Visiting Con Dao Prison, all images of a severe prison with tiger cages, byre, farms, Phu Hai Prison, Ma Thien Lanh Bridge, and limekiln area...appear along with the brutality of the colonialism and imperialism. Indeed, when visiting these prisons, you might be shuddered when witnessing hot and stuffy cells with the forms of slavery, most grisly tools of torture applied for people by people.
The Con Dao Prison System consists of 11 areas: Phu Hai Prison, Phu Son Prison, Phu Tho Camp, Phu Tuong Camp, Tiger Cages, barn, Phu An Camp, Phu Binh Camp, Phu Hung Camp, and un-finished prison No.9. Con Dao Prison system over two periods under the French colonialism and U.S imperialism has 127 ward, 42 cells, and 504 “tiger cages”. Besides, there are other prison grounds built to kill gradually prisoners as well as serve comprehensively all fields in life of the colonialism and imperialism.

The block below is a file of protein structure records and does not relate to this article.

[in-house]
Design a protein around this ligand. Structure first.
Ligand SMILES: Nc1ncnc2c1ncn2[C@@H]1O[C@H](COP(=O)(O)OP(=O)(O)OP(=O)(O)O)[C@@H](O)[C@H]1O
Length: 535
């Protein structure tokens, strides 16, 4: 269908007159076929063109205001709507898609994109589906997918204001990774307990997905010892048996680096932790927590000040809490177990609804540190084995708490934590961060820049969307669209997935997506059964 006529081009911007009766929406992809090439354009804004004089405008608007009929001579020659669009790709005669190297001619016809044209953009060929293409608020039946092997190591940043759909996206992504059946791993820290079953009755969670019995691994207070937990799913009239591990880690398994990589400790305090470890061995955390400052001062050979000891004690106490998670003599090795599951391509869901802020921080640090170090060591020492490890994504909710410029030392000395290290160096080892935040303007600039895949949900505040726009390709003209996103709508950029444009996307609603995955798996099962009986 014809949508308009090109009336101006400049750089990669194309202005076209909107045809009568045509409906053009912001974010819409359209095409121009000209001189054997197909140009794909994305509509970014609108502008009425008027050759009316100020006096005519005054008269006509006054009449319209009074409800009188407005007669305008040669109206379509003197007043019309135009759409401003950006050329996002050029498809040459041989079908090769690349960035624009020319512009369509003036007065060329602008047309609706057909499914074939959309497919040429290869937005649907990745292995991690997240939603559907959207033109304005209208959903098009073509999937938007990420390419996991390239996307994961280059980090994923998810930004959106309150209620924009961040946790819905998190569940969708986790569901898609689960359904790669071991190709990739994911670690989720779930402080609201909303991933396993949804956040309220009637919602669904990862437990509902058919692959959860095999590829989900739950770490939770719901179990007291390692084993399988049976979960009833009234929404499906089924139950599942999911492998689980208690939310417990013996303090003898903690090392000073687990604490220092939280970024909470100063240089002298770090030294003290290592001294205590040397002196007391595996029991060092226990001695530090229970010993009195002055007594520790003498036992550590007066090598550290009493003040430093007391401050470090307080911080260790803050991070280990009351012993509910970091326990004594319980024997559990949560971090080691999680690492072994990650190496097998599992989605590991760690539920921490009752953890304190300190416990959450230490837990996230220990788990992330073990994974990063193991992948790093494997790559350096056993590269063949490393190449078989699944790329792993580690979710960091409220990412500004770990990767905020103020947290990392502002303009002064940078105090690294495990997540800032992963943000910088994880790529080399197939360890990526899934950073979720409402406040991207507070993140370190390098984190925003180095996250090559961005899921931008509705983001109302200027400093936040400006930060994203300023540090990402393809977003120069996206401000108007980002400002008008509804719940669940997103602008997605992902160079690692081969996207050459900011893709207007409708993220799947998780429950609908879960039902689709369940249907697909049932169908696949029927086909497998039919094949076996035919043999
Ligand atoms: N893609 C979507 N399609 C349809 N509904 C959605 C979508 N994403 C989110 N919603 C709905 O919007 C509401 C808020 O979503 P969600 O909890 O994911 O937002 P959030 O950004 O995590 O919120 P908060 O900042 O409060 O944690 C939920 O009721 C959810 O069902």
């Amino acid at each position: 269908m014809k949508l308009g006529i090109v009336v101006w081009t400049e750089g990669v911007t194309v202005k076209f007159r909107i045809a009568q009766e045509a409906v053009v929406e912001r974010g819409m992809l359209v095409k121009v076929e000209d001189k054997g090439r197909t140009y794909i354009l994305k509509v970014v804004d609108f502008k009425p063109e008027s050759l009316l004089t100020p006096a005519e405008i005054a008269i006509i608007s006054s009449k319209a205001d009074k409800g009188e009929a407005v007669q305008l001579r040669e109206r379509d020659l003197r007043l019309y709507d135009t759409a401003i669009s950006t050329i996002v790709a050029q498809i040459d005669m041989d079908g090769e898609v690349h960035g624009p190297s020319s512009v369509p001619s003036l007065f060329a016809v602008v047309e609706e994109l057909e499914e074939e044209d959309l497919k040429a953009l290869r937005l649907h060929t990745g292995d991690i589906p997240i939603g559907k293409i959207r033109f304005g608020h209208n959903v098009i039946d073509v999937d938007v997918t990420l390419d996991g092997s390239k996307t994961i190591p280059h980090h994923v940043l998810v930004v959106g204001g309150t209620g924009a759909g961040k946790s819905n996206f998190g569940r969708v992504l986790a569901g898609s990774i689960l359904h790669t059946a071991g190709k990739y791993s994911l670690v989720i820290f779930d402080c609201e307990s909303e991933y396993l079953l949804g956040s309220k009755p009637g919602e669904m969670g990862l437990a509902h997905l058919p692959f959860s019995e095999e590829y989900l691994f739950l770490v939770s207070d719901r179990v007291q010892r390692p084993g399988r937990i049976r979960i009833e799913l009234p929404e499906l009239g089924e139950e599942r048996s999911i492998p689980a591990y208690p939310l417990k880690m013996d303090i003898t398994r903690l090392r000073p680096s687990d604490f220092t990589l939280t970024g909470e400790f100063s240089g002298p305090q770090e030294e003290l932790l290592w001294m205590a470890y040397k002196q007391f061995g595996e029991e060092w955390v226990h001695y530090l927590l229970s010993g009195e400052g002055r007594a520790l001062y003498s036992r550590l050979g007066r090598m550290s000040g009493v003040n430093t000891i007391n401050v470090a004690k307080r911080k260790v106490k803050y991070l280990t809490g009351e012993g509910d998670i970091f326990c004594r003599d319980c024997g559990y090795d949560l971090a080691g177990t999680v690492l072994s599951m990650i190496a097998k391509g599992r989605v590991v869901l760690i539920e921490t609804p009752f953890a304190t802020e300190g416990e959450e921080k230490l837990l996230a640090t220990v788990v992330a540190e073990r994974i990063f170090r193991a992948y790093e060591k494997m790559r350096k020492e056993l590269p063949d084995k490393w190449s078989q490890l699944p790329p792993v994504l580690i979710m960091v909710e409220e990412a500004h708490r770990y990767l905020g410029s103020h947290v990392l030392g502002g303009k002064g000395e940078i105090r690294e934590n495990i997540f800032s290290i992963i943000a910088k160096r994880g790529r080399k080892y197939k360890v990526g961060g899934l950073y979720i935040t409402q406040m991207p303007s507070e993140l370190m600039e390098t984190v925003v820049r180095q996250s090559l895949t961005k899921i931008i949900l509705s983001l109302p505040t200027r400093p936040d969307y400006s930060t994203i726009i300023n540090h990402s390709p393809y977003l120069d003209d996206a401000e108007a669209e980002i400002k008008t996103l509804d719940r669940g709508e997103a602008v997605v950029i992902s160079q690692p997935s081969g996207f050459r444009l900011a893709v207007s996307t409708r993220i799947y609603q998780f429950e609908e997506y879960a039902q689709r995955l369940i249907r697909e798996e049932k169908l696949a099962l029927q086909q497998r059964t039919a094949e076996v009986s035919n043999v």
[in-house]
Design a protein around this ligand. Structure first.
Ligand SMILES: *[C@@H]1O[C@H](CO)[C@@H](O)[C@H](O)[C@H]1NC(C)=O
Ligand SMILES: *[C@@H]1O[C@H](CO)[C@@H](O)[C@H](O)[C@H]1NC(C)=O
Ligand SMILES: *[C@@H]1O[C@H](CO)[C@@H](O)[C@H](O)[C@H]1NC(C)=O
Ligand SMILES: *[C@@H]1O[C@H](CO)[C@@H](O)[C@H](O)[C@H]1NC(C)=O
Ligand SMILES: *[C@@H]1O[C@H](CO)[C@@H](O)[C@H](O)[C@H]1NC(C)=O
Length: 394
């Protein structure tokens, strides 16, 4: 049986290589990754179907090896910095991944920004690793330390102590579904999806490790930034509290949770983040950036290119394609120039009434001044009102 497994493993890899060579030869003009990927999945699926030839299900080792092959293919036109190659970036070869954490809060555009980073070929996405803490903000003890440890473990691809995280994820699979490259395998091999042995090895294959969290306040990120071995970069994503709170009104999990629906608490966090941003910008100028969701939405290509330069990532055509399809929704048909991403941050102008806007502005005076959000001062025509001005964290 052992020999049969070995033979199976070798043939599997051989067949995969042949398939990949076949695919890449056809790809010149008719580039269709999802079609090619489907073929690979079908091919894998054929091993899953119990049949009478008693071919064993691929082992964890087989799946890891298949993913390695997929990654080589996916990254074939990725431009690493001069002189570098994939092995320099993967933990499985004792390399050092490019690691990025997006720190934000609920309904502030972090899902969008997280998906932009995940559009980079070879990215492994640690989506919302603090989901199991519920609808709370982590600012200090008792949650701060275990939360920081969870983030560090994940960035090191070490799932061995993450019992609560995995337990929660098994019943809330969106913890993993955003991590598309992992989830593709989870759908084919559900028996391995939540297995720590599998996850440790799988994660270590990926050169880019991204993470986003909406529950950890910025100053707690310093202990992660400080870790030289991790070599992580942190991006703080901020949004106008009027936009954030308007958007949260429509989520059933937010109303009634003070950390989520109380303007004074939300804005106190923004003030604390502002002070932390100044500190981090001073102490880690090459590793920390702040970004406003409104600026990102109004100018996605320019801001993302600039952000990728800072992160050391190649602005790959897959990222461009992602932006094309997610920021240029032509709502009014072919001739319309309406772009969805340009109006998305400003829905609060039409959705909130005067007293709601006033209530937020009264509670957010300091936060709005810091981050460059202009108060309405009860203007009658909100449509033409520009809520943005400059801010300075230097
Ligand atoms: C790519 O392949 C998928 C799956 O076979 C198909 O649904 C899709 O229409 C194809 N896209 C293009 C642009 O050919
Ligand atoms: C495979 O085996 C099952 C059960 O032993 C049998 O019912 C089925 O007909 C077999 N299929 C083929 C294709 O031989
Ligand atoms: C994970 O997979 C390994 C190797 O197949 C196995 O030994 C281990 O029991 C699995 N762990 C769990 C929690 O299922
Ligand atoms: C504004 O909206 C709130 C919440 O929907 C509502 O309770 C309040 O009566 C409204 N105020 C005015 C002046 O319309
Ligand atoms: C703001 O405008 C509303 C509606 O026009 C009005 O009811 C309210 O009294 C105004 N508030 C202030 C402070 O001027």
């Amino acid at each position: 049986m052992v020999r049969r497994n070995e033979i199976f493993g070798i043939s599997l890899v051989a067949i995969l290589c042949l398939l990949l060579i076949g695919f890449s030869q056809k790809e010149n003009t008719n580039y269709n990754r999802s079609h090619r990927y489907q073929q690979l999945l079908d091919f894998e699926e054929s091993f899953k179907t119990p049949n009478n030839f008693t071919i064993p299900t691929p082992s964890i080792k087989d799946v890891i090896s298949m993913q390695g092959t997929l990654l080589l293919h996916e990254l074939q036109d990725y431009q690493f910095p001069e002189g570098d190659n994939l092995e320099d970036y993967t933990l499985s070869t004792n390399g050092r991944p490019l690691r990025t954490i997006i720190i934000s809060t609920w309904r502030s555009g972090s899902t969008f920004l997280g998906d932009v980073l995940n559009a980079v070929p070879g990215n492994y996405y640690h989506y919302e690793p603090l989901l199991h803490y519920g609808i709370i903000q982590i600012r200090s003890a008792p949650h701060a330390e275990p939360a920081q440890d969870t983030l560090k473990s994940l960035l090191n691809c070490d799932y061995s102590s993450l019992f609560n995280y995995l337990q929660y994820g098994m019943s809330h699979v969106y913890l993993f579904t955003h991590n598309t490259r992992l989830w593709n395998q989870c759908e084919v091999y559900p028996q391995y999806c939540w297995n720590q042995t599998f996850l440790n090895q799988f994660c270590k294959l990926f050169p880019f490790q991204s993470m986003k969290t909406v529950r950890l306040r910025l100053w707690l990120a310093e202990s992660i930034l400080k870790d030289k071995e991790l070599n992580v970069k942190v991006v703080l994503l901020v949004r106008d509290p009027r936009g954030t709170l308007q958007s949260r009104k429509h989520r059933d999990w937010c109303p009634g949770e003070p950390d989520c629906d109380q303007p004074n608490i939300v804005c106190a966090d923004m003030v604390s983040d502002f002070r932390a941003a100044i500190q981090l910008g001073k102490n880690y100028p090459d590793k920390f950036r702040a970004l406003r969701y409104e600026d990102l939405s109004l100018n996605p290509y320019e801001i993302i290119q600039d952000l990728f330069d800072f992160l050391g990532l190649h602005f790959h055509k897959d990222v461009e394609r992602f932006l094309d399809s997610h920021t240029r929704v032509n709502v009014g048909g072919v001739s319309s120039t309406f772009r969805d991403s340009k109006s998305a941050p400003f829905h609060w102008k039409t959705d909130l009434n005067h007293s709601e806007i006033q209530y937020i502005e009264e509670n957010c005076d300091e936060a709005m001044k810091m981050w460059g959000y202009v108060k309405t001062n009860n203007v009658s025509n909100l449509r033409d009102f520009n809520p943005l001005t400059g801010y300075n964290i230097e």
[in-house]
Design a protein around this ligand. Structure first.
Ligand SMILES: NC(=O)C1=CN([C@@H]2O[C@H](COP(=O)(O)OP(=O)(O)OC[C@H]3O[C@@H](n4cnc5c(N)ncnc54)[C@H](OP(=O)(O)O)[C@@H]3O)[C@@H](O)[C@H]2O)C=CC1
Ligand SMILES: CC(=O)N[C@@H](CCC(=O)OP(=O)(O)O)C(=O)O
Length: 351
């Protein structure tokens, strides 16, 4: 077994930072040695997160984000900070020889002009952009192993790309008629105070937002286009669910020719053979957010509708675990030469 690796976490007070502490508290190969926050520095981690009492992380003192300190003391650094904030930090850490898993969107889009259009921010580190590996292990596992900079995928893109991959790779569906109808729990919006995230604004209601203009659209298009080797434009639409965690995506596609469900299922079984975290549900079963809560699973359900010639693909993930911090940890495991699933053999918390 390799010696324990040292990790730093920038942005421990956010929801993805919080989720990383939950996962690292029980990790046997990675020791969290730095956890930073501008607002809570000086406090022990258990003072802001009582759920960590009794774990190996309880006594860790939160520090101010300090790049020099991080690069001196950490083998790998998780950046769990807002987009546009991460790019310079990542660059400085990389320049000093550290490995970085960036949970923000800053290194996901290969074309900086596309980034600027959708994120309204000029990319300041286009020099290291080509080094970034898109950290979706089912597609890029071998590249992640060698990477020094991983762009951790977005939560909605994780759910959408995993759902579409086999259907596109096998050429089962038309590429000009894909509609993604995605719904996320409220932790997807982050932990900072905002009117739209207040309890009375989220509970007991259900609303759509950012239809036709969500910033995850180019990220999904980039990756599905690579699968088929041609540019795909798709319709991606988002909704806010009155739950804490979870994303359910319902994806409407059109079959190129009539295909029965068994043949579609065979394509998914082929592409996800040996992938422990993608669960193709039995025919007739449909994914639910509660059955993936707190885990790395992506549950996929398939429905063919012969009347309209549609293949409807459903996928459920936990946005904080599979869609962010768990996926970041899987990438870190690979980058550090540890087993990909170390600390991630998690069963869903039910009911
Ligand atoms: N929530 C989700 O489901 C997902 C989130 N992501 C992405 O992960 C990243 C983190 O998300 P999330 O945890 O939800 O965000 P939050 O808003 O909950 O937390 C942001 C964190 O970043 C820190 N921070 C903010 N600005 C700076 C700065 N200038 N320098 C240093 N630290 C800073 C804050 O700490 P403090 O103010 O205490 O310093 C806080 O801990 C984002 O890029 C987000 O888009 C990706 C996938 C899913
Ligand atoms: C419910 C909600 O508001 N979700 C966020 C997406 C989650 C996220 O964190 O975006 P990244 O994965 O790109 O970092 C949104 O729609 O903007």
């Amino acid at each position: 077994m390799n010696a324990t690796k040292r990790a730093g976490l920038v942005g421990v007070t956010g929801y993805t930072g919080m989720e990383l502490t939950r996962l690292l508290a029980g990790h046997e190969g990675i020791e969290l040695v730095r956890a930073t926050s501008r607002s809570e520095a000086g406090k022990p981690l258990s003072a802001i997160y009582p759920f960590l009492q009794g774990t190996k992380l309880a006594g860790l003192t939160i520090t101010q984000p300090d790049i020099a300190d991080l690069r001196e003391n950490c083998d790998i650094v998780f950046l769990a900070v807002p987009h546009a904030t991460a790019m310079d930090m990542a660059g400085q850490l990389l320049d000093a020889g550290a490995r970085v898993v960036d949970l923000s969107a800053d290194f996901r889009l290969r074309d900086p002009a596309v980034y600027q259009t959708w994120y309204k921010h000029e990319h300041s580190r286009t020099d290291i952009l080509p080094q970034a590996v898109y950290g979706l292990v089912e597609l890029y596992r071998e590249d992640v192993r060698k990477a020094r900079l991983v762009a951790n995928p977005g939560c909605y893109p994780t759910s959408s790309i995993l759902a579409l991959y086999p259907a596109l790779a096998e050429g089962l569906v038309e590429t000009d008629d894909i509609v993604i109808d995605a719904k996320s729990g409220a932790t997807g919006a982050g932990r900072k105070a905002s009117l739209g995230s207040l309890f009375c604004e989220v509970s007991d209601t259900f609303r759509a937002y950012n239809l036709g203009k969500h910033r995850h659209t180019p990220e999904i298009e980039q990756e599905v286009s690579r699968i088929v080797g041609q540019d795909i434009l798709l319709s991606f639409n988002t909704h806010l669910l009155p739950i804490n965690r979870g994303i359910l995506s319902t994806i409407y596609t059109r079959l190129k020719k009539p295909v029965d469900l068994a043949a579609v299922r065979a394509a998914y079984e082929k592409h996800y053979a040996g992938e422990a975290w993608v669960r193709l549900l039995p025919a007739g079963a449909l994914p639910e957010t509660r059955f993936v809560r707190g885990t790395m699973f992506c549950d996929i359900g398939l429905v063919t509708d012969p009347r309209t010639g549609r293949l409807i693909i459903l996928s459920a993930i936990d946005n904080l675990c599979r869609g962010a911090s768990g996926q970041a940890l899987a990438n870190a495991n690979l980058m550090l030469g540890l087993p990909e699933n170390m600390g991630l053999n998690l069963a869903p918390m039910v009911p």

2. Hoa Lo Prison
|Photo: Day Tours in Hanoi|
This thought-provoking site is all that remains of the former Hoa Lo Prison, ironically nicknamed the ‘Hanoi Hilton’ by US prisoners of war (POWs) during the American War. Most exhibits relate to the prison’s use up to the mid-1950s, focusing on the Vietnamese struggle for independence from France. A gruesome relic is the ominous French guillotine, used to behead Vietnamese revolutionaries. There are also displays focusing on the American pilots who were incarcerated at Hoa Lo during the American War.
These pilots include Pete Peterson (the first US ambassador to a unified Vietnam in 1995) and Senator John McCain (the Republican nominee for the US presidency in 2008). McCain’s flight suit is displayed, along with a photograph of Hanoi locals rescuing him from Truc Bach Lake after being shot down in 1967.
The vast prison complex was built by the French in 1896. Originally intended to house around 450 inmates, records indicate that by the 1930s there were close to 2000 prisoners. Hoa Lo was never a very successful prison, and hundreds escaped its walls over the years – many squeezing out through sewer grates.